Have you watched children lately? They run for fun. They run without thinking.
How about your dog? Does he run zoomies in the yard for sheer joy?
But we’re human adults. We need rules. Here are mine.
Rules for Running With Your Dog
1. You don’t have to RUN with your dog to run with your dog.
When you’re playing fetch, run in the opposite direction and make your dog chase you. Run with her to get the mail from the mailbox. Pick up the pace during a walk and run together down the street. Not everything has to be a big deal.
2. Make sure your dog can run with you, not ahead of you.
Being pulled on a run is not fun, unless you’re going up hill. But if your dog pulls, don’t assume he can’t run with you. I believe some dogs pull because their humans go too slow. And something as simple as a front fastening harnesscan decrease pulling quickly.
3. Let your dog choose the route.
Yesterday, Honey refused to follow me on our regular run. So I changed directions and ended up running along the lakeshore. Nice choice, Honey. Very nice.
4. Remember that humans and dogs are built to run.
Human hunters and their dogs can bring down antelope after outrunning them—not using speed but endurance. Channel your ancestors on the savannahs of Africa and run with your dog.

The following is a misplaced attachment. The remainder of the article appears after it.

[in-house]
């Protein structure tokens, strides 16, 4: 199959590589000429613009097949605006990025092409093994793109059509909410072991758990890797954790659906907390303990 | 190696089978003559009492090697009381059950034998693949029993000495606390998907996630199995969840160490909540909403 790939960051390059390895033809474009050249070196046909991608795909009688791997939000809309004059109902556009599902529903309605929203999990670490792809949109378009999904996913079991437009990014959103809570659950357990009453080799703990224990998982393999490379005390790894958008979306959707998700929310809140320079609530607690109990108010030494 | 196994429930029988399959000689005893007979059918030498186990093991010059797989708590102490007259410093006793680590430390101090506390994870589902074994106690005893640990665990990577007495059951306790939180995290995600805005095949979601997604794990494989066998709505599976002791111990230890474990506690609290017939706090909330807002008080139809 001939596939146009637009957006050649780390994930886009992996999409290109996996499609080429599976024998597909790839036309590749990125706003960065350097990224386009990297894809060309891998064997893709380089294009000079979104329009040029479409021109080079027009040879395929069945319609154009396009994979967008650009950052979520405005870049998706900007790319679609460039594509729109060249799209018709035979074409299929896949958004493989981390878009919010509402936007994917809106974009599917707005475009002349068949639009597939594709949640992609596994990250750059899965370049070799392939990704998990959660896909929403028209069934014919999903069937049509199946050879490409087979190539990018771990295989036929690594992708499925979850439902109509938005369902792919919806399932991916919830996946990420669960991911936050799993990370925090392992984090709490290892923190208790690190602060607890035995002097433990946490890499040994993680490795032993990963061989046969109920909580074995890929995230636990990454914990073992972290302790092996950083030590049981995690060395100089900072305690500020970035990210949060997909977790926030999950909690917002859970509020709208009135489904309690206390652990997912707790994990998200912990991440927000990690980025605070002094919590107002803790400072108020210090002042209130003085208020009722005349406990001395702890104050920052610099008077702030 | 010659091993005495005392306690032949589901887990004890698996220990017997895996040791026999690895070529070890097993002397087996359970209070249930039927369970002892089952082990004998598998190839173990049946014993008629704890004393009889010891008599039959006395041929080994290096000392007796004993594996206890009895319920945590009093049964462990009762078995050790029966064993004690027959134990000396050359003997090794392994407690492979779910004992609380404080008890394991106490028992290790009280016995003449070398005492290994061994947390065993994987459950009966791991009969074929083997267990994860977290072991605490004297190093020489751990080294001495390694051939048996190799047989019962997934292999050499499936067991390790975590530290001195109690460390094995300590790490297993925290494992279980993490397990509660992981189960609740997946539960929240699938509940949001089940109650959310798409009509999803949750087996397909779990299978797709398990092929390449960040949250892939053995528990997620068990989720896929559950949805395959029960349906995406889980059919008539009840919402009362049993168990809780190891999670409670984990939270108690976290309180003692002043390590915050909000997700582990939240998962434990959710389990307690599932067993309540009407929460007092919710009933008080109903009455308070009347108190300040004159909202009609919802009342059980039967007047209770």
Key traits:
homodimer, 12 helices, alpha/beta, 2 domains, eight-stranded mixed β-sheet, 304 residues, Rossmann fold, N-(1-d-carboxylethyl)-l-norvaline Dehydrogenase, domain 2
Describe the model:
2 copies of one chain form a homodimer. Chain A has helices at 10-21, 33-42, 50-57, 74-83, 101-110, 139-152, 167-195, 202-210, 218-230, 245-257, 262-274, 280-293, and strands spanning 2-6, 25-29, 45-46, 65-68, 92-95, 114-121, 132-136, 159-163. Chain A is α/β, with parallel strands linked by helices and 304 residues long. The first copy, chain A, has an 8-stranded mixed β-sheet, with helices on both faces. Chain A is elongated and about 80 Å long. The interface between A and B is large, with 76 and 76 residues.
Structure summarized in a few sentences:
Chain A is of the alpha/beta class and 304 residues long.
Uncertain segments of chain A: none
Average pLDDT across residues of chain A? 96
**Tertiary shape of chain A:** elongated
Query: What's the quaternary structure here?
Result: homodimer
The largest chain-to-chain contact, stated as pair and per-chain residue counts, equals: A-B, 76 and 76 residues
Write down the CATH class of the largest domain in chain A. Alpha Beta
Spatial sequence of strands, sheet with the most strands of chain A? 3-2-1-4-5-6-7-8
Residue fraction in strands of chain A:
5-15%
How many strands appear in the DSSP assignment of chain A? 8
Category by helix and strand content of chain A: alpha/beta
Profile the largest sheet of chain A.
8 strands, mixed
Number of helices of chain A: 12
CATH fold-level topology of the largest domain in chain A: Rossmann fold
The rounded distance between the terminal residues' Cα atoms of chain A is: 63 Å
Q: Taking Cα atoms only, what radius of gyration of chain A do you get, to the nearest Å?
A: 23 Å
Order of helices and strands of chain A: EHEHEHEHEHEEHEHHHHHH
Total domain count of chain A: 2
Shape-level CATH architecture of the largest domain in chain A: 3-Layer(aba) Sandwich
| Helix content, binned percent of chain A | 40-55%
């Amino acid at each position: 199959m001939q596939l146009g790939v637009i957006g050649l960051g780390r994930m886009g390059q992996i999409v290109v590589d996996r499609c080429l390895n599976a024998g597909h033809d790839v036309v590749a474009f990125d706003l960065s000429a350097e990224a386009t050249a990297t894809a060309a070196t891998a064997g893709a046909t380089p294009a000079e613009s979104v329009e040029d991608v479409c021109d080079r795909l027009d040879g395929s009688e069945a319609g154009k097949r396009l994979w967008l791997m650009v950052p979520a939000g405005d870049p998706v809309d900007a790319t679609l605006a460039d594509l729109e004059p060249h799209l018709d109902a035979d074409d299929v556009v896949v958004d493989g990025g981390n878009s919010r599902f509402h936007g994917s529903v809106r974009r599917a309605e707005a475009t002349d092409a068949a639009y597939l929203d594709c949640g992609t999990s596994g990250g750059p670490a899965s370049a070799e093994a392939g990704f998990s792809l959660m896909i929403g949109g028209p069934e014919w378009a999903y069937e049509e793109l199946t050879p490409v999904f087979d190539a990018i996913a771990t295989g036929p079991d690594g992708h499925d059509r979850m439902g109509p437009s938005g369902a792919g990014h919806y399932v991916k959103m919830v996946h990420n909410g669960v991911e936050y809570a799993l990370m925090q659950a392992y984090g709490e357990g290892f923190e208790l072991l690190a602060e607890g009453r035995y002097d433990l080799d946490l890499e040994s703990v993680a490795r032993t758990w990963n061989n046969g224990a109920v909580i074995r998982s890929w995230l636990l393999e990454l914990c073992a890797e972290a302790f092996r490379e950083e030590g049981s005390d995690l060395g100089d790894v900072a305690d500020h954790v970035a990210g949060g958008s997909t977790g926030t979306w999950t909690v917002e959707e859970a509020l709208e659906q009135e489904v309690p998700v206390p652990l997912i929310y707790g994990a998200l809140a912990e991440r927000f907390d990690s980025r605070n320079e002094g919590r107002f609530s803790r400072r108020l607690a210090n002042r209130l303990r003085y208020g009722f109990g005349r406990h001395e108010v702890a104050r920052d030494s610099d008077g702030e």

5. Don’t sweat the equipment.
I run braless with a pair of Keds sneakers on my feet. I can hear the gasps of horror now from people who have swallowed the Nike propaganda.
But both my reading (check out Born to Run: A Hidden Tribe, Superathletes, and the Greatest Race the World Has Never Seen) and my experience have taught me that less is more. Since ditching running shoes I have stopped spraining my weak ankles and gotten fewer blisters.
Ditto for the fancy runner’s leash. Just start running and buy goodies later, if you need them.
6. Don’t make your dog run if she doesn’t want to.
It’s supposed to be fun. This morning Honey would not run with me. It was too close to her breakfast and she was afraid she’d miss it if she went with me. Ok. She went back inside. I went for a run.
7. Pay attention to road surfaces.
If you’re wearing sneakers, it’s easy to forget what sharp gravel or hot asphalt feels like to a dog’s bare paws. If possible, chose a route that allows you to run on grass or a soft path. Your joints will appreciate it too.
8. It’s ok to break up a run with a sniff.
I see runners every day dragging their dogs away from an interesting scent. Hey, it won’t kill you to jog in place for a few seconds.
9. And if you or your dog just hate running, do something else.
Swim with your dog. Bike with your dog. Hike with your dog. There is no end to the ways human and dog athletes can have fun together.
Dogs and humans are meant to move together. So discover your inner zoomies. Go for a run with your dog.
Your Turn: Do you love or hate to run? Is it more fun with your dog?